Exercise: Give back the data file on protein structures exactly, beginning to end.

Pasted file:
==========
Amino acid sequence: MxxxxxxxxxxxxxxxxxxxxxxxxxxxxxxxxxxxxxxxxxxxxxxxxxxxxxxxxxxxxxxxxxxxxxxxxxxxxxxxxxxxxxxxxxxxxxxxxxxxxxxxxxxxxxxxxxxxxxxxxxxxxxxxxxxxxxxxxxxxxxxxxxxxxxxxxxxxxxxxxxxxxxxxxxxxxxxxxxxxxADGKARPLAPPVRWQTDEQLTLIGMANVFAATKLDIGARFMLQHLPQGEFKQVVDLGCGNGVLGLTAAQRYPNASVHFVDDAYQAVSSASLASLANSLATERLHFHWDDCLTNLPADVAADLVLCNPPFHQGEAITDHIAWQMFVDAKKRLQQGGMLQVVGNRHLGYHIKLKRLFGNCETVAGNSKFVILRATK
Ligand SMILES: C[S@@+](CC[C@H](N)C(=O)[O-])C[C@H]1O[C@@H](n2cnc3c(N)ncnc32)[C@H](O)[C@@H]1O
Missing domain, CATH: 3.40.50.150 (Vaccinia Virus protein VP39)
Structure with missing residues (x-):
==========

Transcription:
Amino acid sequence: MxxxxxxxxxxxxxxxxxxxxxxxxxxxxxxxxxxxxxxxxxxxxxxxxxxxxxxxxxxxxxxxxxxxxxxxxxxxxxxxxxxxxxxxxxxxxxxxxxxxxxxxxxxxxxxxxxxxxxxxxxxxxxxxxxxxxxxxxxxxxxxxxxxxxxxxxxxxxxxxxxxxxxxxxxxxxxxxxxxxxADGKARPLAPPVRWQTDEQLTLIGMANVFAATKLDIGARFMLQHLPQGEFKQVVDLGCGNGVLGLTAAQRYPNASVHFVDDAYQAVSSASLASLANSLATERLHFHWDDCLTNLPADVAADLVLCNPPFHQGEAITDHIAWQMFVDAKKRLQQGGMLQVVGNRHLGYHIKLKRLFGNCETVAGNSKFVILRATK
Ligand SMILES: C[S@@+](CC[C@H](N)C(=O)[O-])C[C@H]1O[C@@H](n2cnc3c(N)ncnc32)[C@H](O)[C@@H]1O
Missing domain, CATH: 3.40.50.150 (Vaccinia Virus protein VP39)
Structure with missing residues (x-):